John Singleton obituary: ‘I got to make people cry. I got to make them feel something’

Boyz N the Hood, the late film-maker’s debut, quickly put him alongside Spike Lee

John Singleton: the late director at Columbia Studios in Los Angeles in 1994. Photograph: Anthony Barboza/Getty

John Singleton: the late director at Columbia Studios in Los Angeles in 1994. Photograph: Anthony Barboza/Getty

 

John Singleton
Born: January 6th, 1968
Died: April 29th, 2019

John Singleton, whose powerful debut film, Boyz N the Hood, earned him an Oscar nomination for best director, the first for an African-American, died on Monday in Los Angeles. He was 51.

His death, at Cedars-Sinai Medical Center, was confirmed in a family statement after he was taken off life support. Singleton had been admitted to the hospital on April 17th, reportedly after having a stroke. His family said he had a history of hypertension.

When I was 18 I saw She’s Gotta Have It. The movie was so powerful to me, as a young black teen who grew up seeing movies with not a lot of people who looked like me

His mother, Shelia Ward, said last week that he was in a coma and filed court papers last week asking to be appointed his temporary conservator. Several of his children at the time opposed her trying to take control of his medical and financial decisionmaking and publicly disputed her assessment of his medical state.

Boyz N the Hood, a bleakly realistic film about three teenagers growing up amid gang violence in South Central Los Angeles, established Singleton’s credentials and placed him in the conversation with more established African-American directors like Spike Lee, Bill Duke, Julie Dash, Robert Townsend and Reginald Hudlin.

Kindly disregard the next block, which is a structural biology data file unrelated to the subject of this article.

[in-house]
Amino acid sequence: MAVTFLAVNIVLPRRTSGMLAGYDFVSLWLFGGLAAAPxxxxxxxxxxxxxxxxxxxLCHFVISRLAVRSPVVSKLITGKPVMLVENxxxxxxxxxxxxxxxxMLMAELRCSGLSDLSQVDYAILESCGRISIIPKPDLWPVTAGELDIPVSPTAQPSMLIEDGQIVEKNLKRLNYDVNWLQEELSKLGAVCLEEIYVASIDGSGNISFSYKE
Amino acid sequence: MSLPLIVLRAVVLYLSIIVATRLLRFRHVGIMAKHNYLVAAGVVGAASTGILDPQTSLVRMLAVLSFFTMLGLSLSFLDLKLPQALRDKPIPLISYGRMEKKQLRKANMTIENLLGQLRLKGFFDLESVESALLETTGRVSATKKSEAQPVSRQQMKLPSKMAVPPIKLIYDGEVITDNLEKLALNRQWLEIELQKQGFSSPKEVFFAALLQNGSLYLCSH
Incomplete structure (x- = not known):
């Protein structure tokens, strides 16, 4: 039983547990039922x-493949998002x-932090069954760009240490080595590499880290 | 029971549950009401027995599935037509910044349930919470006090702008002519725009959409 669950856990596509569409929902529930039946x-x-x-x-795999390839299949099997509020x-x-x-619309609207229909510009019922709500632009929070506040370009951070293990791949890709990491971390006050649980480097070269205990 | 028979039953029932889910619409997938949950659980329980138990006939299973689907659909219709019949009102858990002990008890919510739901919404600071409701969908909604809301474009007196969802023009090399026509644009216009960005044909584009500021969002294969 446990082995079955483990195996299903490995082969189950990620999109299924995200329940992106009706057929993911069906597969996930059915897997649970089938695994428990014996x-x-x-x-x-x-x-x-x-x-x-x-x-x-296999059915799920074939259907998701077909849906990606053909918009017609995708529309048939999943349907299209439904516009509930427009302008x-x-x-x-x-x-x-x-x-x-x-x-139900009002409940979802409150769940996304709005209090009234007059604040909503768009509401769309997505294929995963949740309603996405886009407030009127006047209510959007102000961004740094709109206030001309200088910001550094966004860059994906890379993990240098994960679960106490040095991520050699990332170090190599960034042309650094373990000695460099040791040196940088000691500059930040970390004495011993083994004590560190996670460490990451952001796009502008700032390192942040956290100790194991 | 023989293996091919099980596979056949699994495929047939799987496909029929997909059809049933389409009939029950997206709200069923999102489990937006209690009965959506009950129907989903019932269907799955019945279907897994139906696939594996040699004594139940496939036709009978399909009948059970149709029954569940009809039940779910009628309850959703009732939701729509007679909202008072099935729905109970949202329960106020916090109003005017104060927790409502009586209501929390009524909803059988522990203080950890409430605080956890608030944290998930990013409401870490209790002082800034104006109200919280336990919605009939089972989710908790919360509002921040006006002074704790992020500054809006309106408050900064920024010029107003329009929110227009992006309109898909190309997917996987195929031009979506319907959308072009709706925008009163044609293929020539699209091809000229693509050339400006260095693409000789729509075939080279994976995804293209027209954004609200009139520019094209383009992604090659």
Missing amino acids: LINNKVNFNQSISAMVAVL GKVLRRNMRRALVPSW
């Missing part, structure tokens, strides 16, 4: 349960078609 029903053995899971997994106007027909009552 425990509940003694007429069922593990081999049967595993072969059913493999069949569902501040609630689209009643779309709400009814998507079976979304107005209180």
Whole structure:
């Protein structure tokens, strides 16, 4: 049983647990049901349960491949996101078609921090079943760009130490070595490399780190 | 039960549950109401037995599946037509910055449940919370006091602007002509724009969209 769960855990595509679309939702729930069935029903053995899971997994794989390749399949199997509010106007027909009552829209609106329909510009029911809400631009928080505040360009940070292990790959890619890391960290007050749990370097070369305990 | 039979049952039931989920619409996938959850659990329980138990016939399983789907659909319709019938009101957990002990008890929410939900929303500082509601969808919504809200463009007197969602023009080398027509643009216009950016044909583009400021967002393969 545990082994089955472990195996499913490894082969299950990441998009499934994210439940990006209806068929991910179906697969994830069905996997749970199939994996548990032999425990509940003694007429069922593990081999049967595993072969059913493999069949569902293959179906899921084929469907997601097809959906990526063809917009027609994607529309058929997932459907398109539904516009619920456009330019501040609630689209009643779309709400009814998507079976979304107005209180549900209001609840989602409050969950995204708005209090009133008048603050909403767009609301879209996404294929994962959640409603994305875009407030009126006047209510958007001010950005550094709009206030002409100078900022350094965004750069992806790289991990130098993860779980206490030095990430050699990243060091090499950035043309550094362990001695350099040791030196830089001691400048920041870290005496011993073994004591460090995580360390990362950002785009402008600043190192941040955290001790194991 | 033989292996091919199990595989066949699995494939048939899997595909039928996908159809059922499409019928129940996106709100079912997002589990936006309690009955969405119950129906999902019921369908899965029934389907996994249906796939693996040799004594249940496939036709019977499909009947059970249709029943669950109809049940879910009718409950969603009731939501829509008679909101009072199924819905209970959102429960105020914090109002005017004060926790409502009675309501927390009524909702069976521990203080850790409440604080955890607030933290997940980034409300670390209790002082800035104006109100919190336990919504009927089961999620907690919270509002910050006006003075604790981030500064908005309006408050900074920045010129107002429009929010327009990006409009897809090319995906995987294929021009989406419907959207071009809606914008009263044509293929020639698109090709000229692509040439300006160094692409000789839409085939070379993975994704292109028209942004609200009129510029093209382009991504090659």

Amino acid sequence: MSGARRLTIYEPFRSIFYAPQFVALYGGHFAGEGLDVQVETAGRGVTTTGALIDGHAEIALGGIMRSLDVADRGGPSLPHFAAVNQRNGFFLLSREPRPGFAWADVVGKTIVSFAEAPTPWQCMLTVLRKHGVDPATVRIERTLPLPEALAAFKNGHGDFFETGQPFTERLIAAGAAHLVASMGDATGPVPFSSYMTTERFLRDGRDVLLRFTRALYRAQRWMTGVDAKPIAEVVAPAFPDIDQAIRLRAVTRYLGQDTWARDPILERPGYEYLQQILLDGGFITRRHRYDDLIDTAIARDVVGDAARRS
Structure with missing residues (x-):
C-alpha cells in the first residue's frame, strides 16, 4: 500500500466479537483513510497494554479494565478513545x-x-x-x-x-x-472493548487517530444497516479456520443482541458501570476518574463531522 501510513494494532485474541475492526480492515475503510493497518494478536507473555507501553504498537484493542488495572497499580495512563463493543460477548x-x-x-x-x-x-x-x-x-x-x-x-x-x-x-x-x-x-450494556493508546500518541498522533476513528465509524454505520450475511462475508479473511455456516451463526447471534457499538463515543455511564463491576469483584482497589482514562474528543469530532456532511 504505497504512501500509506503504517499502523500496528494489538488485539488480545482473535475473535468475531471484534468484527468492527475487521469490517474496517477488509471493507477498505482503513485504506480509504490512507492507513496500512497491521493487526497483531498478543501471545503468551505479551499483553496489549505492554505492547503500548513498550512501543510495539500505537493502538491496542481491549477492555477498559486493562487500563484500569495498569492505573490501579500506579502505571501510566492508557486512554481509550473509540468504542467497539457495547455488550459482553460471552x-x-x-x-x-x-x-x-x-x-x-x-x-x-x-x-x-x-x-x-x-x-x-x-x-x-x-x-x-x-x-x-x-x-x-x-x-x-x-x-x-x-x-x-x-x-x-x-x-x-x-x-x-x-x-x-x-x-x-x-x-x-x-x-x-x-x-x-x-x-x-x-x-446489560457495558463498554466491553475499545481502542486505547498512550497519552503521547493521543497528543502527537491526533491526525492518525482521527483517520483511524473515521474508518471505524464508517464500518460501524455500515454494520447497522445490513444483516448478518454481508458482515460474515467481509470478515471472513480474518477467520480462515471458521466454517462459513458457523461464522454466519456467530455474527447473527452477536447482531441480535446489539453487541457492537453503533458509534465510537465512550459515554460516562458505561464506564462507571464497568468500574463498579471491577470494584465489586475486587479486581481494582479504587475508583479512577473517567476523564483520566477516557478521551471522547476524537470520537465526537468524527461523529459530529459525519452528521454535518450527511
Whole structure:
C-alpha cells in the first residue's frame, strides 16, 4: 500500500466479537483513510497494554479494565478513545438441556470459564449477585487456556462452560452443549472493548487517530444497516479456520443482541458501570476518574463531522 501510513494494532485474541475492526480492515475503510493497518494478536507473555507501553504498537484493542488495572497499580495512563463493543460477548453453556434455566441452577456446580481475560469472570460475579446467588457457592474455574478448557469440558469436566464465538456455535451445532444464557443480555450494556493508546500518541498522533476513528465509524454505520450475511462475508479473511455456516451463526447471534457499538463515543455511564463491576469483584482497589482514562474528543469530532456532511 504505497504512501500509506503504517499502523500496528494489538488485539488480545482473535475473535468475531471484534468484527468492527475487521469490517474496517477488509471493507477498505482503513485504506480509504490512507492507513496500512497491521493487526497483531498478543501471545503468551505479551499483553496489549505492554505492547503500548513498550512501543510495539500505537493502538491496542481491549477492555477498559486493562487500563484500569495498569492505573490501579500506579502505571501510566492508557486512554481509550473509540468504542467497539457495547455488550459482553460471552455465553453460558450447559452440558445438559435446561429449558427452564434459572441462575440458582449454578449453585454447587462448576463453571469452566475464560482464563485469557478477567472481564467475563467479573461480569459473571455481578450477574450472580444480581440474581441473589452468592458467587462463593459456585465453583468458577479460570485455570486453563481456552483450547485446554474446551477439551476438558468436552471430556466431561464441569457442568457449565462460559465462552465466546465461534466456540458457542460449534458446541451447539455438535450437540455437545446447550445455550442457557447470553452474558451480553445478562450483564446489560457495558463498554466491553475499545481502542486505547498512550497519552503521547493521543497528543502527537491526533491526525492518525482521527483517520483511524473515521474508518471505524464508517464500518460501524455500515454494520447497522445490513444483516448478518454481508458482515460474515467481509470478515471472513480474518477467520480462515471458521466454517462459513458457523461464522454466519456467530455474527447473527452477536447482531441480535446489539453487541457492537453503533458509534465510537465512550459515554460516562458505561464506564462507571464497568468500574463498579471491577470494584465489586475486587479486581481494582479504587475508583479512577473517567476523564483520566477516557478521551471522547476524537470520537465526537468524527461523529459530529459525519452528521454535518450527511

“When I was 18 I saw She’s Gotta Have It,” Singleton said, referring to Lee’s 1986 breakthrough film, in a YouTube video in 2013. “The movie was so powerful to me, as a young black teen who grew up seeing movies with not a lot of people who looked like me.”

Boyz N the Hood: Ice Cube in John Singleton’s debut film
Boyz N the Hood: Ice Cube in John Singleton’s debut film

He was 22 when he began shooting Boyz, which follows Tre (played by Cuba Gooding jnr) and his friends Ricky (Morris Chestnut) and Doughboy (Ice Cube) as they try to avoid gangs and drugs. When Ricky is shot and killed by a gang member, Doughboy, his half brother, seeks revenge, but Tre backs away from retribution.

Singleton had graduated from film school less than a year earlier. He later conceded that when he made Boyz N the Hood he did not yet know how to direct a film. “As the movie was going along, I was learning how to direct,” he said after a 25th-anniversary screening in Manhattan in 2016. “As it becomes more intense and comes on to the third act, the camerawork is more and more fluid, because I’m getting better and better – and taking more chances.”

After Columbia showed the movie at the 1991 Cannes film festival – with Lee in the audience – the film critic Roger Ebert praised its “power, honesty and filmmaking skill”. “By the end of Boyz N the Hood,” he wrote, “I realized I had not simply seen a brilliant directorial debut, but an American film of enormous importance.”

John Singleton: in 1991 the late director became the youngest Oscar nominee for best director, for Boyz N the Hood. Photograph: Aaron Rapoport/Corbis via Getty
John Singleton: in 1991 the late director became the youngest Oscar nominee for best director, for Boyz N the Hood. Photograph: Aaron Rapoport/Corbis via Getty

John Daniel Singleton was born on January 6th, 1968, in Los Angeles. His mother was a pharmaceutical sales executive, and his father, Danny Singleton, was a mortgage broker. He lived with his mother until he was 11 and then moved in with his father, on whom he based the character of Tre’s father (played by Laurence Fishburne) in Boyz.